Alan Messer

5 New Songs You Need to Hear: Ray Wylie Hubbard feat. Ashley McBryde + More

Each week the Wide Open Country staff rounds up our favorite newly released country and Americana songs. Here are five new songs we can't stop listening to this week:

"Hard to Say I'm Sorry," Sara Evans

Sara Evans' covers album Copy That, out May 15, brings us more than renditions of "I'm So Lonesome I Could Cry" and other country music classics. Instead, she's gone full Willie Nelson by cutting modern pop culture standards from various genres. For instance, here's a danceable cover of a 1982 Chicago hit co-written by the band's bassist, Peter Cetera. Notice also the brief homage to Earth, Wind & Fire's "September." From the sound of things, Evans could've been a rock star, though we're glad she chose instead to push country music into a new century.

—Bobby Moore

"I Ain't Been Nowhere," Chuck Mead

In late April, BR5-49 co-founder Chuck Mead shared a re-write of Hank Snow's "I've Been Everywhere" that's got to be the funniest quarantine parody song yet. Seriously, who else could sneak a mention of Cards Against Humanity into a classic country throwback without eliciting eyerolls? The original song was written by Australian country singer Geoff Mack and has been recorded over 130 times since Mack's fellow Australian Lucky Starr debuted it in 1962.

—Bobby Moore

"Poet's Prayer," Sunny Sweeney

Writing on the road might not suit every artist's routine, but touring, including the 20-plus hours a day spent nowhere near a venue, inspires honest depictions of a modern troubadour's life. The best recent song to back this up is Sunny Sweeney's "Poet's Prayer," a co-write with Erin Enderlin and Buddy Owen. "The only time I see my friends is on a poster on a barroom wall" begins a reflective tune which doubles as a prayer for safe travels and comfy hotel pillows.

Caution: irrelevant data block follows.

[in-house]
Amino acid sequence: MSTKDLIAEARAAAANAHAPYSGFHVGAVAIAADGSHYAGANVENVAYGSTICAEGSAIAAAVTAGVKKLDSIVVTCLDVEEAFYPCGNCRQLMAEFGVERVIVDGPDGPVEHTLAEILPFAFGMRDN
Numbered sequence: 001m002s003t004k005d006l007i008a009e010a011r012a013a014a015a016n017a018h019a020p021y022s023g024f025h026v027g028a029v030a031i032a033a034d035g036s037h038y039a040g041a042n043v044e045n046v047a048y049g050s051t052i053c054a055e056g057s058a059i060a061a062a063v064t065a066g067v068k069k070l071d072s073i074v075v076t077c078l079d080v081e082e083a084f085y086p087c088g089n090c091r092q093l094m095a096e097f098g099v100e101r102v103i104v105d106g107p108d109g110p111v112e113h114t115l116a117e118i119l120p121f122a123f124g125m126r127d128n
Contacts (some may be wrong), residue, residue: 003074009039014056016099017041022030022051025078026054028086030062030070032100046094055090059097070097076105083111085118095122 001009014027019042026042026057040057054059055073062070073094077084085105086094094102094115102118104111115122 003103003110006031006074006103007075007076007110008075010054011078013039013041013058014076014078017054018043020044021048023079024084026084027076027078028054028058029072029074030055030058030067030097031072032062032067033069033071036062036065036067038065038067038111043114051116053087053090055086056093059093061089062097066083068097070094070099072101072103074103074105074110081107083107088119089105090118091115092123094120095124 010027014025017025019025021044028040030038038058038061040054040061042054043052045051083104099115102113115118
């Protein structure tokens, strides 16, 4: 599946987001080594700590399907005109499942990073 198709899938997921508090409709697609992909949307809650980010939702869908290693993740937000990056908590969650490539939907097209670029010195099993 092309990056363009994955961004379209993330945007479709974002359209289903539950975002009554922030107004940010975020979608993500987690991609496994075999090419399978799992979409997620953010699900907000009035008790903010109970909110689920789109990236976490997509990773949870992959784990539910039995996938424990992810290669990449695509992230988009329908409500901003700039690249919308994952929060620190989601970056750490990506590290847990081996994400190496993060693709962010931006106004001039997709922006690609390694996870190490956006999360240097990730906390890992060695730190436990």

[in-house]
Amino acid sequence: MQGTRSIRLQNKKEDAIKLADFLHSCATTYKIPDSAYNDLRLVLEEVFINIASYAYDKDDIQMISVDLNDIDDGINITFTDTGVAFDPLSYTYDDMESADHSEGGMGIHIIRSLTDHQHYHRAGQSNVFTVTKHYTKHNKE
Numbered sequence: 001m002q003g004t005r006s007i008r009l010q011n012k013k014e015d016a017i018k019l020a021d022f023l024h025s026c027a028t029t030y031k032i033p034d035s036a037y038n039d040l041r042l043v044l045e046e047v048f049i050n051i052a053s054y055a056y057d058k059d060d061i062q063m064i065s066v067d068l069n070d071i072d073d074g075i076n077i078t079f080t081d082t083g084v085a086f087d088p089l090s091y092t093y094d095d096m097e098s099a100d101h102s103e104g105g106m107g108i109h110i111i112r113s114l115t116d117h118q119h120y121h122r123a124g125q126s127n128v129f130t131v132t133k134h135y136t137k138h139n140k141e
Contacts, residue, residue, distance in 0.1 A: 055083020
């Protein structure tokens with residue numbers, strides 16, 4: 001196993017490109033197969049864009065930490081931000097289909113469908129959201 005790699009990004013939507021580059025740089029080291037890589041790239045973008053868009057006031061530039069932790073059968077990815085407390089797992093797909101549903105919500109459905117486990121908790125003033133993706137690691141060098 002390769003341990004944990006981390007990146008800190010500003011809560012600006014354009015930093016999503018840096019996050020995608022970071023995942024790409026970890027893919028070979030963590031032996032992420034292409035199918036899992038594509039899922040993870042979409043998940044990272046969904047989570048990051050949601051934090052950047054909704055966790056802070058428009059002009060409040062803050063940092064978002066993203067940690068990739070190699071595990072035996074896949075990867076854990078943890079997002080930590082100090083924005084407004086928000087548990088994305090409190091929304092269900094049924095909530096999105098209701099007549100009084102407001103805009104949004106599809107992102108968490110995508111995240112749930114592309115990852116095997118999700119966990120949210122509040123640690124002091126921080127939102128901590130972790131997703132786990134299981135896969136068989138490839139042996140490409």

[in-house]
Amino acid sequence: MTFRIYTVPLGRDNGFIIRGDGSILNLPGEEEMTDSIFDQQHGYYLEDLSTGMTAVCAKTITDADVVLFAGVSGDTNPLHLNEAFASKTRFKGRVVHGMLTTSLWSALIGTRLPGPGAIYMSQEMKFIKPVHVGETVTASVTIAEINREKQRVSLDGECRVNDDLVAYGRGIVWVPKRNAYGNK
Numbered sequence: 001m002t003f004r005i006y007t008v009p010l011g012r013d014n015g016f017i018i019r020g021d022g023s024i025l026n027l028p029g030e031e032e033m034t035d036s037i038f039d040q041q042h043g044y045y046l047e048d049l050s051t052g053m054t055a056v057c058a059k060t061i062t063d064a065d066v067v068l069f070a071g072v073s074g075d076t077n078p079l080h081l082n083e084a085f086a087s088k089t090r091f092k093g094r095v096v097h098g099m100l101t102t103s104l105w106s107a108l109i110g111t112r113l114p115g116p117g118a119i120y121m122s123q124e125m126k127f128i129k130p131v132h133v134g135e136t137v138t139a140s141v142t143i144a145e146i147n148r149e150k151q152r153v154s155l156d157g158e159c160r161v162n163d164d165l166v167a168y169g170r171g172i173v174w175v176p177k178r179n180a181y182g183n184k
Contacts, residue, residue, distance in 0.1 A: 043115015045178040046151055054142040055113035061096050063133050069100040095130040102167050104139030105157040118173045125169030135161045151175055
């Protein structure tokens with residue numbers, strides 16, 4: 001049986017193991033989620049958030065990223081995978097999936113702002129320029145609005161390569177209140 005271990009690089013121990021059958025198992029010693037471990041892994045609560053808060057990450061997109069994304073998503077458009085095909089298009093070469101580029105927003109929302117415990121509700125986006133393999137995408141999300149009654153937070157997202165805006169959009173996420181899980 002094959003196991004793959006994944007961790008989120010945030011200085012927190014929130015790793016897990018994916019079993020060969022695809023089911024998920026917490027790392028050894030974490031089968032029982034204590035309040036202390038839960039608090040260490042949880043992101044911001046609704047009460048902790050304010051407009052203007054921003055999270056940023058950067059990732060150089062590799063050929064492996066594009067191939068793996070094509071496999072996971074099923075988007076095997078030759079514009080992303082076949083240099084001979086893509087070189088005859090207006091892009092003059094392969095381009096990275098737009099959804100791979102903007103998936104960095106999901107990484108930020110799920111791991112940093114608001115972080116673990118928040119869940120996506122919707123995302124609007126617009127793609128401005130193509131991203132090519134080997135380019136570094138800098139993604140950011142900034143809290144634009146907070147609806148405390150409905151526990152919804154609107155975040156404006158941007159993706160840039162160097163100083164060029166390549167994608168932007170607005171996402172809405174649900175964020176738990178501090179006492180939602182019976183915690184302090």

—Bobby Moore

"Outlaw Blood," Ray Wylie Hubbard & Ashley McBryde

Ray Wylie Hubbard and Ashley McBryde sing an ode to outlaw women everywhere on "Outlaw Blood." The country rebels nod to one another in the song. "She loves to Ashley McBryde sing/ Says Jesus is like duct tape — fixes everything," Hubbard sings. In turn, McBryde drops a reference to Hubbard fan favorite "Snake Farm." The two artists clearly have a lot of respect for one another and it's difficult to image a better — or more fitting — outlaw paring. The collaboration is featured on Hubbard's forthcoming album Co-Starring (out July 10).

— Bobbie Jean Sawyer

"Hometown," Malin Pettersen

Norwegian singer-songwriter Malin Pettersen finds freedom in leaving on the country groover "Hometown," the latest release from her forthcoming album Wildhorse (out on Oct. 16).

"America has inspired this album in a very direct way, through places I've been like California, to places I've only read about like Arkansas," Pettersen said in a press release. "I am so fascinated by the way that America is so many things. So many layers... so many worlds in one. It feels like my own mind, and sometimes that many worlds in one can be difficult to co-exist, but that's one of the things that makes America so marvelous, intriguing, and fascinating - so I try to accept the same with my mind and the ways I want to create music."

— Bobbie Jean Sawyer

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